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Harbold v. Olin

January 31, 1996

STEVEN HARBOLD, PLAINTIFF-RESPONDENT,
v.
GERRI OLIN, DEFENDANT-APPELLANT



On appeal from the Superior Court of New Jersey, Law Division, Cumberland County.

Approved for Publication January 31, 1996.

Before Judges Shebell, Stern and Wallace. The opinion of the court was delivered by Shebell, P.j.a.d.

The opinion of the court was delivered by: Shebell

The opinion of the court was delivered by SHEBELL, P.J.A.D.

On January 12, 1995, plaintiff, Steven Harbold, brought an action in the Law Division against defendant, Gerri Olin, alleging negligent operation of defendant's automobile resulting in personal injuries to plaintiff, a bicyclist. Defendant answered, asserting among other defenses, that plaintiff was not entitled to recover non-economic losses pursuant to the verbal threshold statute, N.J.S.A. 39:6A-8.

On March 17, 1995 defendant moved for summary judgment on the verbal threshold issue. Plaintiff, in response, cross-moved for an order that he was not subject to the verbal threshold or, alternatively, had met the requirements of the verbal threshold. On May 3, 1995, the Law Division Judge denied defendant's motion. Plaintiff's cross-motion was listed for argument June 9, 1995. Defendant, in the interim, filed a motion for reconsideration of the ruling that the verbal threshold did not apply.

On June 9, 1995, after oral argument, the motion Judge denied defendant's motion for reconsideration, and held that:

This is a pedestrian; this is a bicyclist. For that purpose they are the same. A pedestrian, nor a bicyclist is not required to maintain PIP coverage and although the bicyclist may have been eligible for PIP under [] the mother's policy, the 1990 amendment to the statutes that you've cited would seem to indicate that although PIP may be applicable to pedestrians and bicyclists, that the verbal threshold is not.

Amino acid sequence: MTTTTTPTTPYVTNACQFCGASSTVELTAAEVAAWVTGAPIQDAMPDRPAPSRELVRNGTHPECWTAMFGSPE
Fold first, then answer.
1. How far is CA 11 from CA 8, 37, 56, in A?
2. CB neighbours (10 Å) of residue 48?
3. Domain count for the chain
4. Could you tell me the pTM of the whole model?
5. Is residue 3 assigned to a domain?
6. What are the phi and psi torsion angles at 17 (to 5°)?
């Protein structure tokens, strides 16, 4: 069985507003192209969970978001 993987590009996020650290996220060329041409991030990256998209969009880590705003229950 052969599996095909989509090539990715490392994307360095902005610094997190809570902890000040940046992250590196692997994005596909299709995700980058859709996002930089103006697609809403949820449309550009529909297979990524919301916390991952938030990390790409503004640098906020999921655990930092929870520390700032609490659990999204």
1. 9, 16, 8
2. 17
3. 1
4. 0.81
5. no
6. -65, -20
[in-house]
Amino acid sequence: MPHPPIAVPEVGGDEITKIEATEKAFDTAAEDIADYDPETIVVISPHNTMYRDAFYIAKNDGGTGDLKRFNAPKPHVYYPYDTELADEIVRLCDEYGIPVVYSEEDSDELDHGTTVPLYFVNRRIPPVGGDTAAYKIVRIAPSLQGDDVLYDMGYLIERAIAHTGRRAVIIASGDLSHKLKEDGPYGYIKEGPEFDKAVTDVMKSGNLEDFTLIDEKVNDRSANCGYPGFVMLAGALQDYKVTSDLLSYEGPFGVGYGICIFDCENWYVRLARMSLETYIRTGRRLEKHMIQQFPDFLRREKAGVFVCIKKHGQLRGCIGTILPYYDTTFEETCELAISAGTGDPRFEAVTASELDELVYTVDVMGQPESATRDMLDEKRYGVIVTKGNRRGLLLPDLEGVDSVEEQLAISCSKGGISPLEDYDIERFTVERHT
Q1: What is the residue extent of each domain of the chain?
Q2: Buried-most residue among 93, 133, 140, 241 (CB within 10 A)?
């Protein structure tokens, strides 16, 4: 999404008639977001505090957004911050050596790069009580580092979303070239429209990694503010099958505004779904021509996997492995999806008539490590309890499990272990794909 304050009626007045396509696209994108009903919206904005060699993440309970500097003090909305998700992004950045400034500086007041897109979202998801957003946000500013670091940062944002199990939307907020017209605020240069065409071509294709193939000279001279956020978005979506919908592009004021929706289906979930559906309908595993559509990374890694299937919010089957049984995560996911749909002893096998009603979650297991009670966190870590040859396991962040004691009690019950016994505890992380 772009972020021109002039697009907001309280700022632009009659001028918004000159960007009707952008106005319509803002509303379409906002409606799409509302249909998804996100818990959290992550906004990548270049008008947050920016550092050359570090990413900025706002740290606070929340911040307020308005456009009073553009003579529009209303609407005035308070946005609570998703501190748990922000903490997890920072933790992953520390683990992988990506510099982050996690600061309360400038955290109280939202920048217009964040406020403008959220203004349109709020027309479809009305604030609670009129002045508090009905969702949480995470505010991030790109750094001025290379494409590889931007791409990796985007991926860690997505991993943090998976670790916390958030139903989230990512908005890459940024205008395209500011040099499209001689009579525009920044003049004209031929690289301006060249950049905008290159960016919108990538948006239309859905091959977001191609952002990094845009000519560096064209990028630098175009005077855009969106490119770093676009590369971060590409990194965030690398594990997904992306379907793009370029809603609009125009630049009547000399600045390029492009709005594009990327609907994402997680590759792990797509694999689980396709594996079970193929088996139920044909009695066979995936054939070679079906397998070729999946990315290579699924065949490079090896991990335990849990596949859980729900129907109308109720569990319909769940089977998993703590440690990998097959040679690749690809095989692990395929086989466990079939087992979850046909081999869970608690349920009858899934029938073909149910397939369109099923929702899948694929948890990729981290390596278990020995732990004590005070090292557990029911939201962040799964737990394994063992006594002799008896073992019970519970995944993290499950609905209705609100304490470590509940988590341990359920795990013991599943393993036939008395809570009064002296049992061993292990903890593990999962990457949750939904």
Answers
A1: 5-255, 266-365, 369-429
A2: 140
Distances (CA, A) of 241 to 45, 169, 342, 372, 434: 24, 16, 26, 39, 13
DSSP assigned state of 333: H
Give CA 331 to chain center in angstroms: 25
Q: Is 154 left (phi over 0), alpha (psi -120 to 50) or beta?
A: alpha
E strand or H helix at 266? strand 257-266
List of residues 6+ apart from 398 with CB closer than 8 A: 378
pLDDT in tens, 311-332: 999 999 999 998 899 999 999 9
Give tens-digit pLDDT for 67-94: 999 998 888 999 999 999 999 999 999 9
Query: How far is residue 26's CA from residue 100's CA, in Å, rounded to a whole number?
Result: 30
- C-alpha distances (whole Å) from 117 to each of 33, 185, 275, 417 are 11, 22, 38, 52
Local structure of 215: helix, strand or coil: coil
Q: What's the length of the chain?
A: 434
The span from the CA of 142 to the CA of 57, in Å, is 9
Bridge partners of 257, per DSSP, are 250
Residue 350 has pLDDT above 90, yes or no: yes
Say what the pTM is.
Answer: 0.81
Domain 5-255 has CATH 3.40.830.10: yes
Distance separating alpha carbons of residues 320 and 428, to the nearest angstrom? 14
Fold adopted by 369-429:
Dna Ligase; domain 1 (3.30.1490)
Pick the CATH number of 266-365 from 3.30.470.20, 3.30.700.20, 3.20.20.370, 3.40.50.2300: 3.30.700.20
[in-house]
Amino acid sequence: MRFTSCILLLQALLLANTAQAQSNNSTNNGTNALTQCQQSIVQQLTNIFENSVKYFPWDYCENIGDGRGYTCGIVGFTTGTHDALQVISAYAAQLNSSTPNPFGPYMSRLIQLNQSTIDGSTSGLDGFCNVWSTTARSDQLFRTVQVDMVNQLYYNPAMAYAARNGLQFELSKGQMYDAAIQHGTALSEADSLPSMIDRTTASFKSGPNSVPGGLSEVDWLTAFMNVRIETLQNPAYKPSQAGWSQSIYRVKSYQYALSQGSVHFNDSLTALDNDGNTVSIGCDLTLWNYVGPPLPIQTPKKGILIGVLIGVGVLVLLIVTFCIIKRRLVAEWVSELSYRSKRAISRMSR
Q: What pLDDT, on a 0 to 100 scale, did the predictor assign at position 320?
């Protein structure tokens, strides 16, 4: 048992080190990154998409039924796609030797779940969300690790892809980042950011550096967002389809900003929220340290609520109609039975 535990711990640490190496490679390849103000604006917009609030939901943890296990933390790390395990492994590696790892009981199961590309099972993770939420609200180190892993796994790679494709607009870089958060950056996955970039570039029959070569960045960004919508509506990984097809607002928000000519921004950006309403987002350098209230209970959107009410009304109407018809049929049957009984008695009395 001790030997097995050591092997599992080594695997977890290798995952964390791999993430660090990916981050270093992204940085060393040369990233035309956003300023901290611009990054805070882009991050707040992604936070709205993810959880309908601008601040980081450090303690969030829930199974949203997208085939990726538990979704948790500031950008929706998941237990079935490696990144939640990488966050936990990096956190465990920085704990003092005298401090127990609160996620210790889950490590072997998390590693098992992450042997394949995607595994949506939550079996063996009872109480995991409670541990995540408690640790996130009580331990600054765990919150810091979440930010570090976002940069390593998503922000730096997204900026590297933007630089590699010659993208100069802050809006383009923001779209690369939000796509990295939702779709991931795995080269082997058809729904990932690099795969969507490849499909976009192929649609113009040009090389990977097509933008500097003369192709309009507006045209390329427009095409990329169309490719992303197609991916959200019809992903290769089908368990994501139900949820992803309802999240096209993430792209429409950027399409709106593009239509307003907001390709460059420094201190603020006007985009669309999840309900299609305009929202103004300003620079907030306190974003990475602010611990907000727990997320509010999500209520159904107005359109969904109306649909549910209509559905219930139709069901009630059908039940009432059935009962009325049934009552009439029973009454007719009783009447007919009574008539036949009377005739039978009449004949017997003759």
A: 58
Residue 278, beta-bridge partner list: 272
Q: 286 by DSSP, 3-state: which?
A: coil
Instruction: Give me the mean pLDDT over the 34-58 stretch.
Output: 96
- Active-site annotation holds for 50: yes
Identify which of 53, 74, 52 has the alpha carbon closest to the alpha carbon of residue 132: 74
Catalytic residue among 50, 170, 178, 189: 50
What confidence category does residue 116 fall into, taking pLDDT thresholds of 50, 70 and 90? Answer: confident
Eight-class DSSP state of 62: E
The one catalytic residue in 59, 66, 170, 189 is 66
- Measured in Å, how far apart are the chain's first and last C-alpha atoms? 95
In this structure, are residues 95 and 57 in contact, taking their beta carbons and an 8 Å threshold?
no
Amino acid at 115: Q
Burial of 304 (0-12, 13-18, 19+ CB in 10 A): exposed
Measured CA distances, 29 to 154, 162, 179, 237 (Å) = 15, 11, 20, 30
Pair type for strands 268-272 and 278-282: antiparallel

Admittedly, there is not much case law on the subject that gives us guidance. But under the theory that the pedestrian/bicyclist is not required to maintain PIP coverage, then accordingly, the pedestrian/bicyclist, either one, in this case it's a bicyclist, is not required to -- is not subject to the verbal threshold.

In light of his ruling, he did not reach the issue of satisfaction of the verbal threshold. See Oswin v. Shaw, 129 N.J. 290, 294, 609 A.2d 415 (1992). We granted leave to appeal and now hold that this plaintiff is covered by the verbal threshold.

Plaintiff, while riding a bicycle, was struck by defendant's automobile on August 15, 1994. Then a minor, plaintiff resided in Vineland with his mother who elected a verbal tort-threshold on her automobile insurance policy. Plaintiff was paid PIP benefits through his mother's policy. Defendant, a State resident, operating a New Jersey registered vehicle, carried personal injury protection ("PIP coverage"), pursuant to N.J.S.A. 39:6A-4.

N.J.S.A. 39:6A-8, entitled "Tort exemption; limitation on the right to noneconomic loss," provides that there shall be elected, by any named insured required to maintain PIP coverage, one of two tort options. The first option is the verbal threshold. N.J.S.A. 39:6A-8a. The second is a non-threshold option. N.J.S.A. 39:6A-8b. N.J.S.A. 39:6A-8 states the consequences of the options as follows:

a. Every owner, registrant, operator or occupant of an automobile to which [no-fault PIP coverage] applies, and every person or organization legally responsible for his acts or omissions, is hereby exempted from tort liability for noneconomic loss to a person who is subject to this subsection and who is either a person who is required to maintain the coverage mandated by this act, or is a person who has a right to receive benefits under section 4 of P.L.1972, c. 70 (C. 39:6A-4), as a result of bodily injury, arising out of the ownership, operation, maintenance or use of such automobile in this State, unless that person has sustained a personal injury which [falls within one of nine categories]; or

b. As an alternative to the basic tort option specified in subsection a. of this section, every owner, registrant, operator, or occupant of an automobile to which [no-fault PIP coverage] applies, and every person or organization legally responsible for his acts or omissions, shall be liable for noneconomic loss to a person who is subject to this subsection and who is either a person who is required to maintain the coverage mandated by P.L.1972, c. 70 (C. 39:6A-1 et seq.) or is a person who has a right to receive benefits under section 4 of that ...


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